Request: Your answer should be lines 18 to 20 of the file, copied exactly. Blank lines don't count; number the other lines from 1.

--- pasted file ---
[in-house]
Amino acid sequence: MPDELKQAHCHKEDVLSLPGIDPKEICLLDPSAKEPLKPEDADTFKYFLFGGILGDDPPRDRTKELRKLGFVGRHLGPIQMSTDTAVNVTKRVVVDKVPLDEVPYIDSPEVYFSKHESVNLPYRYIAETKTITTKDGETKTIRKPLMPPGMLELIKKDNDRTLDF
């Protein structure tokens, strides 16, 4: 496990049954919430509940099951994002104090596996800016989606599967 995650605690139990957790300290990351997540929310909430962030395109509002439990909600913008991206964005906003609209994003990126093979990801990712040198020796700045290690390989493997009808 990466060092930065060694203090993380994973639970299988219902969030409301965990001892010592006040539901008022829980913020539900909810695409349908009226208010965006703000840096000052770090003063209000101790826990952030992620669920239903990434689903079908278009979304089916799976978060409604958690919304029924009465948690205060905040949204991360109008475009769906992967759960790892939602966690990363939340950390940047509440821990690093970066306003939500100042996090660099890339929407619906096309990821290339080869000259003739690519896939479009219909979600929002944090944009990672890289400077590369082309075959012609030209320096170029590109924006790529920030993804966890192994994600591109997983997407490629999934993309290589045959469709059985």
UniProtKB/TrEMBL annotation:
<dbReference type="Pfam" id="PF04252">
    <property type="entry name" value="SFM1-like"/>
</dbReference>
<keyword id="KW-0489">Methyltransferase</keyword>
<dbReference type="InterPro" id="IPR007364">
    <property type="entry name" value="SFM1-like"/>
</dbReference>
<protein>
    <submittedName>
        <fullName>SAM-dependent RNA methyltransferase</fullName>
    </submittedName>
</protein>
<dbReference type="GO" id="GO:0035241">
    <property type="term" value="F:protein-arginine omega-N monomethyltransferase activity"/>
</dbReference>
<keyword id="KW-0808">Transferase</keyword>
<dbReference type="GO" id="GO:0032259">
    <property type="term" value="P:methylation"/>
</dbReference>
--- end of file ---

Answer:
    <property type="term" value="F:protein-arginine omega-N monomethyltransferase activity"/>
</dbReference>
<keyword id="KW-0808">Transferase</keyword>